Ben, the leading male character in Chris Meeks' short story "Engaging Ben," is an artistically dedicated screenwriter who half-consciously, passively-aggressively trying to drive his fiancee out of his life using his dual obsessions, neatness and his work.
He's writing a screenplay about a gladiator named Dirk---yes. Dirk. Dirk the Gladiator---who, having spent the last couple millennia frozen beneath the Roman Colliseum---Ben hasn't figured out how Dirk got frozen or stayed frozen---is thawed out by a couple of well-meaning anthropologists who find they have let loose a monster. Dirk is horrified to find out that Rome has been Christianized since the days when his favorite emperors were tossing martyrs to the lions and sets out to kill off as many priests and bishops as he can stick his trident in.
Ben's gladiator script was an inside joke between Meeks and a screenwriter friend of his. The friend was at work on a screenplay about gladiators when Meeks was writing the story.
"Gladiators?" Meeks asked him. "Who writes a gladiator movie these days?"
The friend's gladiator movie turned out to be Gladiator.
Meeks is a screenwriter himself. Two of his screenplays have been optioned, although not yet produced. A third won the Donald Davis Dramatic Writing Award. He majored in psychology and mass communications in college, intending to become a filmmaker. It's why he came to California. But he soon made plans to write other things besides screenplays. Shortly after he'd moved to LA, a film he was working on with his roommate was shut down by the fire department because they'd neglected to get a blessing from authorities for some location shooting.
That's when he made up his mind he'd write fiction too. Fiction writers, he reasoned, don't need permits to get their work done.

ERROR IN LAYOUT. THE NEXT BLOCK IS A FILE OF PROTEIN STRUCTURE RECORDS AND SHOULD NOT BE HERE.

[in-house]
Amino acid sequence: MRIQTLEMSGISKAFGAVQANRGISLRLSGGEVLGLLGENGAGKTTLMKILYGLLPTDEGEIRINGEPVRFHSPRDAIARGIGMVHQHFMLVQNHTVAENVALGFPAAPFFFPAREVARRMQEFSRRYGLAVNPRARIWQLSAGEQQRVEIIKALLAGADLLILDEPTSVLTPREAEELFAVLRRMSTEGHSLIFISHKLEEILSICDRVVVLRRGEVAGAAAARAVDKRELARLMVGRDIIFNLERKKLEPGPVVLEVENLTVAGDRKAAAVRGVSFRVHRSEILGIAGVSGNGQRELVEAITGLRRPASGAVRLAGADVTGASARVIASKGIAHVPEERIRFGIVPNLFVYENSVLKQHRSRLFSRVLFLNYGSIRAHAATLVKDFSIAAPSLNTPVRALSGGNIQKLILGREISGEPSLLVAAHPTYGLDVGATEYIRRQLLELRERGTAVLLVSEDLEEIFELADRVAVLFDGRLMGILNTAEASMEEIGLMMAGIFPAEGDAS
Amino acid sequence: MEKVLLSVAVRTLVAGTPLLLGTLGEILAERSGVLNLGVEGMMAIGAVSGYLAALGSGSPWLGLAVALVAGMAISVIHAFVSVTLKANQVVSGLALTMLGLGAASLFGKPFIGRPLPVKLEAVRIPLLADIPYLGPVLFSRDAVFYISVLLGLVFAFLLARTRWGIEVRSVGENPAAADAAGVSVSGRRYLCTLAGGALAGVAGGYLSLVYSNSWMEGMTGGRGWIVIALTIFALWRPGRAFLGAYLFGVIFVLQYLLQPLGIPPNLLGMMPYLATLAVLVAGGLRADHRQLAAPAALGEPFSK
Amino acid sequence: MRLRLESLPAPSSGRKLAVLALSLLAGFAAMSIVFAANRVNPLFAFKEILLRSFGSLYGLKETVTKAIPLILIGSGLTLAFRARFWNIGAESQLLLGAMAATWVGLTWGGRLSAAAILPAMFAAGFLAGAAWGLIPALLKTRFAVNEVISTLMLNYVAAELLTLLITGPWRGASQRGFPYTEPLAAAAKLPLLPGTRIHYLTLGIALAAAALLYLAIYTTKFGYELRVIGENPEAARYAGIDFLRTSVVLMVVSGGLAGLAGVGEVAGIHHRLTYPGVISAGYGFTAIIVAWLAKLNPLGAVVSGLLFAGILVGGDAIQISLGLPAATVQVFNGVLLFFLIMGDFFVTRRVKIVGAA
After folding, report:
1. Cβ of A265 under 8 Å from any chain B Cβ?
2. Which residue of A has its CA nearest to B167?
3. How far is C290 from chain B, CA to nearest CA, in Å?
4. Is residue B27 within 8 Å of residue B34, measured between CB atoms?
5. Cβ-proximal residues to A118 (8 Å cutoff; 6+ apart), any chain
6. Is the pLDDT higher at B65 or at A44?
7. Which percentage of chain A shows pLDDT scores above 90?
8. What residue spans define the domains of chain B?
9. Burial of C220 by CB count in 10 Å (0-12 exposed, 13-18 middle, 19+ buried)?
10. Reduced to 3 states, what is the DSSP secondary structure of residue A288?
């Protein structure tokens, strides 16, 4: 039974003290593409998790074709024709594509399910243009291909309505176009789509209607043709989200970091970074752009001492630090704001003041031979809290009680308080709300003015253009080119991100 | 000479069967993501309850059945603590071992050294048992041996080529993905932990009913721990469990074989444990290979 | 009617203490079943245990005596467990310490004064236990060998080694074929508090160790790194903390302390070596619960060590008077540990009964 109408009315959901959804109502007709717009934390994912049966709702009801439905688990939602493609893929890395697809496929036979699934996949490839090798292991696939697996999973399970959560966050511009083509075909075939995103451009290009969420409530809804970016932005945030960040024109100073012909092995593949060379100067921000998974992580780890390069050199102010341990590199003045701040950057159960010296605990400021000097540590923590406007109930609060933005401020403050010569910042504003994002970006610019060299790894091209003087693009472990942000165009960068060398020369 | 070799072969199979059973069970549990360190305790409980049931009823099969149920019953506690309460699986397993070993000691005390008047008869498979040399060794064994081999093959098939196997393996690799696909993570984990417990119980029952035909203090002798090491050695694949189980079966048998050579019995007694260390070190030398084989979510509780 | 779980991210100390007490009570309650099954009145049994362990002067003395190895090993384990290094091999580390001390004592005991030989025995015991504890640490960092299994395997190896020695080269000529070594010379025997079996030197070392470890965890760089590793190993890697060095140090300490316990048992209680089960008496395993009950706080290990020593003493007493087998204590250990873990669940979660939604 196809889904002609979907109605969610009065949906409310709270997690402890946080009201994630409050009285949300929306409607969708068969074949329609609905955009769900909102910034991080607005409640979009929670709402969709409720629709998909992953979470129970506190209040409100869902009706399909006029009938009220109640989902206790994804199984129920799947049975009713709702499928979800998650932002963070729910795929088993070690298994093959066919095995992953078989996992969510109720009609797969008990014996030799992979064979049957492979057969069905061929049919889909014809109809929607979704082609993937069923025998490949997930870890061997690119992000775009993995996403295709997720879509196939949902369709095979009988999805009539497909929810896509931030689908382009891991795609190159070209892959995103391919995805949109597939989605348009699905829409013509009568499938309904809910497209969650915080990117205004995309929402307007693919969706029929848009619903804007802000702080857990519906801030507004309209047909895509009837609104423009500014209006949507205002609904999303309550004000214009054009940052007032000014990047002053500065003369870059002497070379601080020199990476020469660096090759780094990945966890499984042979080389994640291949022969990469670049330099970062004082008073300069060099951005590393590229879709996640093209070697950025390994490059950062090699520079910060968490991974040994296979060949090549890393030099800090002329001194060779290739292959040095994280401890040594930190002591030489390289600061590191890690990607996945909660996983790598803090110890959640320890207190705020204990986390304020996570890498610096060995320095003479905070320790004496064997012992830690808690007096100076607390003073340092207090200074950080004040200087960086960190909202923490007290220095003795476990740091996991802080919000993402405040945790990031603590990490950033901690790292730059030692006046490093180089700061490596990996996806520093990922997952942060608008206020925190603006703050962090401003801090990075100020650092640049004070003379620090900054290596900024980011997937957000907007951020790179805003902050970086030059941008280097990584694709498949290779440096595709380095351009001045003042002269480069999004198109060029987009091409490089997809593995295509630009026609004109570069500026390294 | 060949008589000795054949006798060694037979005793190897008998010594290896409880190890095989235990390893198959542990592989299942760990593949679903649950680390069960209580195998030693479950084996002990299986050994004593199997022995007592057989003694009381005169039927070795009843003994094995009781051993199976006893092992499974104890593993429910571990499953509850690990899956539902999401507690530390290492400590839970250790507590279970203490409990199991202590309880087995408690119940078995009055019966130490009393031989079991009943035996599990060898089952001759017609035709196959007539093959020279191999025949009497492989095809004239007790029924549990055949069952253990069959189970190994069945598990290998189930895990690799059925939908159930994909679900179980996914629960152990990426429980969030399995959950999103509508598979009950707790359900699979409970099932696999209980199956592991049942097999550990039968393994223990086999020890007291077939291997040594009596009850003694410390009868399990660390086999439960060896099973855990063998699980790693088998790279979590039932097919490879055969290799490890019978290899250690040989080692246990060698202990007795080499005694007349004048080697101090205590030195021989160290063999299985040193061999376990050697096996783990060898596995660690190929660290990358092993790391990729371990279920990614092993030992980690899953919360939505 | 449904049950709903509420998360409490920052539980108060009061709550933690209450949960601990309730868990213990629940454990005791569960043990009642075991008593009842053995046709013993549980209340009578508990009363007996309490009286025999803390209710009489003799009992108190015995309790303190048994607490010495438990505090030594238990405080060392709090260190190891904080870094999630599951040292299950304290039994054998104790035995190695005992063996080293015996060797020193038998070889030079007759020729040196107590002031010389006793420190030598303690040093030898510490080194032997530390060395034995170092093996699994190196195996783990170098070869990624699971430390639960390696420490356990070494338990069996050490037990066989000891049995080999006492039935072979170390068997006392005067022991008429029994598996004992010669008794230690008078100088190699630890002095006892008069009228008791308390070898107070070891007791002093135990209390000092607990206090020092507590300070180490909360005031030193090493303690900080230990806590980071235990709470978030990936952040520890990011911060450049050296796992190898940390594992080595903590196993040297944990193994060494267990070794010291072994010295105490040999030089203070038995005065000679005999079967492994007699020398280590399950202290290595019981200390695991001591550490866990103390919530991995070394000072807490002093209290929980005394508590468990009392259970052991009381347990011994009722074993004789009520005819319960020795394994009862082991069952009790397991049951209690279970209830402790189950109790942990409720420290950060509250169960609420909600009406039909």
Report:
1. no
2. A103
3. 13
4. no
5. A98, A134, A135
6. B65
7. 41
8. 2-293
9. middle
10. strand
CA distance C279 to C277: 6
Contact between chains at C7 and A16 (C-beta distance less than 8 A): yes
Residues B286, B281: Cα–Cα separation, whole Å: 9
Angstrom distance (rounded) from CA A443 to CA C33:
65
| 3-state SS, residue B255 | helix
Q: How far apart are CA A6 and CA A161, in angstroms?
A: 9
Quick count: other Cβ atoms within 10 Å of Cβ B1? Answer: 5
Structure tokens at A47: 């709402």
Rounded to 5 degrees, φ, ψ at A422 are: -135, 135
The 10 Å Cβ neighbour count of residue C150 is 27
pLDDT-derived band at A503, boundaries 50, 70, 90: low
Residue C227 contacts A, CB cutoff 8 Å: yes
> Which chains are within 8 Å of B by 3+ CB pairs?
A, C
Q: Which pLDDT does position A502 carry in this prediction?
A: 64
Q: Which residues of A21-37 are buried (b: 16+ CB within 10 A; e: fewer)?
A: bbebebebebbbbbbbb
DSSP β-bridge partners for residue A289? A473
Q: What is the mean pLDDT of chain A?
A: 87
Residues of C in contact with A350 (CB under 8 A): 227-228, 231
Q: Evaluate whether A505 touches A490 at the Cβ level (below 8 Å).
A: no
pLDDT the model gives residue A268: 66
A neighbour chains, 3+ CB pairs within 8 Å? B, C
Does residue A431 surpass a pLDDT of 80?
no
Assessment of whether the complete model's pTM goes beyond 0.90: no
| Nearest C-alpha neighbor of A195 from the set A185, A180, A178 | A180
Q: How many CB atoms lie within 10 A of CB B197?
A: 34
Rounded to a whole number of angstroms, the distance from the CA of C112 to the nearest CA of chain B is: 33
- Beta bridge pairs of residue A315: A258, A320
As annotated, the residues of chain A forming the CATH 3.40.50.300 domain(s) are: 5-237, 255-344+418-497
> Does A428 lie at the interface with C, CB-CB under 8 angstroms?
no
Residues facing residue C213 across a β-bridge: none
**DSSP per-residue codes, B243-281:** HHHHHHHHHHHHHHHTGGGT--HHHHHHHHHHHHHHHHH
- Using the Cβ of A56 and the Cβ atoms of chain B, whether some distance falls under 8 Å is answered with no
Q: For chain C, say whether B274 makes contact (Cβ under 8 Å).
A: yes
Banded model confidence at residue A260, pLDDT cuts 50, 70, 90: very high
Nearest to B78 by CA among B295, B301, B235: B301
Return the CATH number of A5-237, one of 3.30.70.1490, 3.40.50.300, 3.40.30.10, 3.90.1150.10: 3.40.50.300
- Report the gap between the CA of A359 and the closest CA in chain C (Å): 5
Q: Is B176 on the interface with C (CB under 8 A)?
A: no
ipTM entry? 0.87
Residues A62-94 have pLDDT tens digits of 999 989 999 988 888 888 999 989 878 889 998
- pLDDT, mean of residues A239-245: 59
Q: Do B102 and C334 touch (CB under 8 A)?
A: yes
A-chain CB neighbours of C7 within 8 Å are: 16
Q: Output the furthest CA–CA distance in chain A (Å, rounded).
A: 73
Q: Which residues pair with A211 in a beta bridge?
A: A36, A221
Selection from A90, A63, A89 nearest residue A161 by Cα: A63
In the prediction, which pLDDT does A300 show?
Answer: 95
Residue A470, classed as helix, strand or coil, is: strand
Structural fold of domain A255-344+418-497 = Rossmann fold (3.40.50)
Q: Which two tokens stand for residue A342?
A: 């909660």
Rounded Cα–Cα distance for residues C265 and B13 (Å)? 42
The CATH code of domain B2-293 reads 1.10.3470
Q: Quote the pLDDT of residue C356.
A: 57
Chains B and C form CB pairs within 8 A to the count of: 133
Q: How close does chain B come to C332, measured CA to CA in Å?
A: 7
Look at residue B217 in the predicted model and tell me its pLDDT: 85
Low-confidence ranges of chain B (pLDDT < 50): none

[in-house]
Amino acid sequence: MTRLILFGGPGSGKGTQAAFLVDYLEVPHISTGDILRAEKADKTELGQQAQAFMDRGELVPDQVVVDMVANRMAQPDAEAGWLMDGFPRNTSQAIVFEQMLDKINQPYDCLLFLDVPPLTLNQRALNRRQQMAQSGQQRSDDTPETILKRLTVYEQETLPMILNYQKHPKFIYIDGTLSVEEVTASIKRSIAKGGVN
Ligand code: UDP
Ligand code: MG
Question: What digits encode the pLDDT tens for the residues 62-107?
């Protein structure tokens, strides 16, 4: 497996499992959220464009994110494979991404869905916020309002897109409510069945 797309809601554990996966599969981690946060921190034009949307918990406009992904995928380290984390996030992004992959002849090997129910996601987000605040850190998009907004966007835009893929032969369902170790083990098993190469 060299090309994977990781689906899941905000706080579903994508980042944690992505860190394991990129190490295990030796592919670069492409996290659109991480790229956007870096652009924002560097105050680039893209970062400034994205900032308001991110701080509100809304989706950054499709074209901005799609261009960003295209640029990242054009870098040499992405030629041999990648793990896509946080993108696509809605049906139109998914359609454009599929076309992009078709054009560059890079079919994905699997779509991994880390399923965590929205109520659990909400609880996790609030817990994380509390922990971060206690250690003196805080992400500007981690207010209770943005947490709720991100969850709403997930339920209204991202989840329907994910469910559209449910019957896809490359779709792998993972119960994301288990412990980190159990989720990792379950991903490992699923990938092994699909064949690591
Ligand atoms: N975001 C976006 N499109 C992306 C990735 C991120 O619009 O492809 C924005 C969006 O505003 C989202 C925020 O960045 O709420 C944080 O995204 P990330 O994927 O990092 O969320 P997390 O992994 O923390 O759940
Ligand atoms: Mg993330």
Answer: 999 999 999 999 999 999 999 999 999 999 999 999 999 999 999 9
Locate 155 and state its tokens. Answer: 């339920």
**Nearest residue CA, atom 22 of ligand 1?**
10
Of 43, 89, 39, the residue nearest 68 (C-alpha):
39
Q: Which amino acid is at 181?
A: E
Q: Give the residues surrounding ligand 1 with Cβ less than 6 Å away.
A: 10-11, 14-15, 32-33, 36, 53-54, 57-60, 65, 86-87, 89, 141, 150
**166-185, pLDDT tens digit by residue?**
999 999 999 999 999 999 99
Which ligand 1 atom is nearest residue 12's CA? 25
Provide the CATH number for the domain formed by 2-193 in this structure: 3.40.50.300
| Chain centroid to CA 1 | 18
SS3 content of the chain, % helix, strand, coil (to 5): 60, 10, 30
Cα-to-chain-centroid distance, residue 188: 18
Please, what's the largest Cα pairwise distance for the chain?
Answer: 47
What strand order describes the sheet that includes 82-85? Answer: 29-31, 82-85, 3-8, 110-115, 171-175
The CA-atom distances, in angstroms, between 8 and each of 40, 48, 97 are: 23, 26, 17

The other things Meeks has written besides screenplays include, along with his stories and two novels, three produced plays, seven years' worth of theatre reviews for Daily Variety, and four children's books, one of them a pre-governorship biography of Arnold Schwartzenegger.
Meeks believes that working in different forms has been good for his fiction. From his playwrighting, which he says comes most naturally to him, and his theater reviewing he’s learned how to structure scenes and reveal character through dialogue. From screenwriting he’s learned not to rely on dialogue, to think visually, and to keep his characters moving, not just to make his stories dynamic and action-packed but to show readers who his characters really are. People are what they do, he says. What they tell you they are, what they tell each other they are, what they tell themselves they are, is not as revealing or as truthful as what they make themselves into with what they do.
Ben, the obsessive screenwriter in “Engaging Ben” tells himself he wants to be rid of his fiancee. She’s become too messy. He tells himself he means she’s sloppy. What he means is that he’s afraid of how messy and complicated life with another person can be. He tells himself he doesn’t love her anymore. But as soon as he realizes he may have gotten what he told himself he wants he’s propelled into comically heroic action to win her back, demonstrating his love for her to himself and the reader as much as to her by shedding himself of his neat-freak facade.
Envy is the fuel that powers the psychological engines of many of the characters in the stories collected in The Middle-Aged Man & The Sea into overdrive. Envy and its distillates, jealousy and covetousness. Ironically, it often drives them into happiness.
The narrator of "Rotary" finds himself looking back jealously at his
grandfather’s and mother’s pasts and their days of youthful bright